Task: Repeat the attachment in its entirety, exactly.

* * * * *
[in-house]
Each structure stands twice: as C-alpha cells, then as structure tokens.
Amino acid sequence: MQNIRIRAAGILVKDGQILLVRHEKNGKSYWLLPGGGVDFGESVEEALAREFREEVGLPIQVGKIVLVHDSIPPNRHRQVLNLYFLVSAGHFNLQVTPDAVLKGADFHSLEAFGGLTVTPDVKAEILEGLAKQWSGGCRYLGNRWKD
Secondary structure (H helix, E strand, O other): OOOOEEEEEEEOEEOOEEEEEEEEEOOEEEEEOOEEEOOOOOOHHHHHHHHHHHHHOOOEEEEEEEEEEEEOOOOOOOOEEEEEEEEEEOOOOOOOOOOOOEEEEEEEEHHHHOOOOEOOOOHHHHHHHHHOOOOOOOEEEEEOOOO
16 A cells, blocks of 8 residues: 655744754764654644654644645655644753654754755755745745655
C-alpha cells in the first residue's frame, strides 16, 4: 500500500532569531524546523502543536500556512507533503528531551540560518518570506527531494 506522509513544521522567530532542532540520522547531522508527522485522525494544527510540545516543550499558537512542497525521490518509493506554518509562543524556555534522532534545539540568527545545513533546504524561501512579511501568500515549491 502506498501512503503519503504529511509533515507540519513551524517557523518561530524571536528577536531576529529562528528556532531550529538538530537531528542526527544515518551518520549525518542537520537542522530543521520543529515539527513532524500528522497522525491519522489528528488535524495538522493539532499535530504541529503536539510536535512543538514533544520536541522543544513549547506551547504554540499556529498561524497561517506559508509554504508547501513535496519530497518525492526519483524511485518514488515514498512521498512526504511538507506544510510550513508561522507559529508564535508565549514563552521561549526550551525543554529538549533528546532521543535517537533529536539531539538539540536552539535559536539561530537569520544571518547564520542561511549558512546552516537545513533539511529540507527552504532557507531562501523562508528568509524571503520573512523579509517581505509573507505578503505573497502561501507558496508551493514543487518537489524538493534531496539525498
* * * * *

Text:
[in-house]
Each structure stands twice: as C-alpha cells, then as structure tokens.
Amino acid sequence: MQNIRIRAAGILVKDGQILLVRHEKNGKSYWLLPGGGVDFGESVEEALAREFREEVGLPIQVGKIVLVHDSIPPNRHRQVLNLYFLVSAGHFNLQVTPDAVLKGADFHSLEAFGGLTVTPDVKAEILEGLAKQWSGGCRYLGNRWKD
Secondary structure (H helix, E strand, O other): OOOOEEEEEEEOEEOOEEEEEEEEEOOEEEEEOOEEEOOOOOOHHHHHHHHHHHHHOOOEEEEEEEEEEEEOOOOOOOOEEEEEEEEEEOOOOOOOOOOOOEEEEEEEEHHHHOOOOEOOOOHHHHHHHHHOOOOOOOEEEEEOOOO
16 A cells, blocks of 8 residues: 655744754764654644654644645655644753654754755755745745655
C-alpha cells in the first residue's frame, strides 16, 4: 500500500532569531524546523502543536500556512507533503528531551540560518518570506527531494 506522509513544521522567530532542532540520522547531522508527522485522525494544527510540545516543550499558537512542497525521490518509493506554518509562543524556555534522532534545539540568527545545513533546504524561501512579511501568500515549491 502506498501512503503519503504529511509533515507540519513551524517557523518561530524571536528577536531576529529562528528556532531550529538538530537531528542526527544515518551518520549525518542537520537542522530543521520543529515539527513532524500528522497522525491519522489528528488535524495538522493539532499535530504541529503536539510536535512543538514533544520536541522543544513549547506551547504554540499556529498561524497561517506559508509554504508547501513535496519530497518525492526519483524511485518514488515514498512521498512526504511538507506544510510550513508561522507559529508564535508565549514563552521561549526550551525543554529538549533528546532521543535517537533529536539531539538539540536552539535559536539561530537569520544571518547564520542561511549558512546552516537545513533539511529540507527552504532557507531562501523562508528568509524571503520573512523579509517581505509573507505578503505573497502561501507558496508551493514543487518537489524538493534531496539525498